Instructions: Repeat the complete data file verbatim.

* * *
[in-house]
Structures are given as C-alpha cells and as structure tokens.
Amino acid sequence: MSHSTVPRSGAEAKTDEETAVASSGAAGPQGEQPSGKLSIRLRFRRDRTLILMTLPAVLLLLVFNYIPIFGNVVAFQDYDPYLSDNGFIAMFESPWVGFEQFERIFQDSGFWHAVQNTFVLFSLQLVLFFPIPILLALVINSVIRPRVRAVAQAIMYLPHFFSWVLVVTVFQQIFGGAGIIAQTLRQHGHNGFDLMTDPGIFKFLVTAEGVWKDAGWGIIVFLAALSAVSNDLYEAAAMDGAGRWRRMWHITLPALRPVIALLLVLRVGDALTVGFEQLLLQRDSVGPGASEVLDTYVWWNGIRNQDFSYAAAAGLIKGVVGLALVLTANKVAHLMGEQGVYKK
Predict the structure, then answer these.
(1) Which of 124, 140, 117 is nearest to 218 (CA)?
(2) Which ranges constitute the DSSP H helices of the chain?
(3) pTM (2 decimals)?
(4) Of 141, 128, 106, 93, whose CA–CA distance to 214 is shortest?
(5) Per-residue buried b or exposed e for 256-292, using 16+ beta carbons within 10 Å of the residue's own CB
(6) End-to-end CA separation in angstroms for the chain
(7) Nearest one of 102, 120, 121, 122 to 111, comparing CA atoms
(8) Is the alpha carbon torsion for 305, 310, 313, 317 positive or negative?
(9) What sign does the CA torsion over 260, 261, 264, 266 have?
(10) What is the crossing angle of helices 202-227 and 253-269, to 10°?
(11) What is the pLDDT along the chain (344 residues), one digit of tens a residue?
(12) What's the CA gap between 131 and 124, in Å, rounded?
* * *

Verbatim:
[in-house]
Structures are given as C-alpha cells and as structure tokens.
Amino acid sequence: MSHSTVPRSGAEAKTDEETAVASSGAAGPQGEQPSGKLSIRLRFRRDRTLILMTLPAVLLLLVFNYIPIFGNVVAFQDYDPYLSDNGFIAMFESPWVGFEQFERIFQDSGFWHAVQNTFVLFSLQLVLFFPIPILLALVINSVIRPRVRAVAQAIMYLPHFFSWVLVVTVFQQIFGGAGIIAQTLRQHGHNGFDLMTDPGIFKFLVTAEGVWKDAGWGIIVFLAALSAVSNDLYEAAAMDGAGRWRRMWHITLPALRPVIALLLVLRVGDALTVGFEQLLLQRDSVGPGASEVLDTYVWWNGIRNQDFSYAAAAGLIKGVVGLALVLTANKVAHLMGEQGVYKK
Predict the structure, then answer these.
(1) Which of 124, 140, 117 is nearest to 218 (CA)?
(2) Which ranges constitute the DSSP H helices of the chain?
(3) pTM (2 decimals)?
(4) Of 141, 128, 106, 93, whose CA–CA distance to 214 is shortest?
(5) Per-residue buried b or exposed e for 256-292, using 16+ beta carbons within 10 Å of the residue's own CB
(6) End-to-end CA separation in angstroms for the chain
(7) Nearest one of 102, 120, 121, 122 to 111, comparing CA atoms
(8) Is the alpha carbon torsion for 305, 310, 313, 317 positive or negative?
(9) What sign does the CA torsion over 260, 261, 264, 266 have?
(10) What is the crossing angle of helices 202-227 and 253-269, to 10°?
(11) What is the pLDDT along the chain (344 residues), one digit of tens a residue?
(12) What's the CA gap between 131 and 124, in Å, rounded?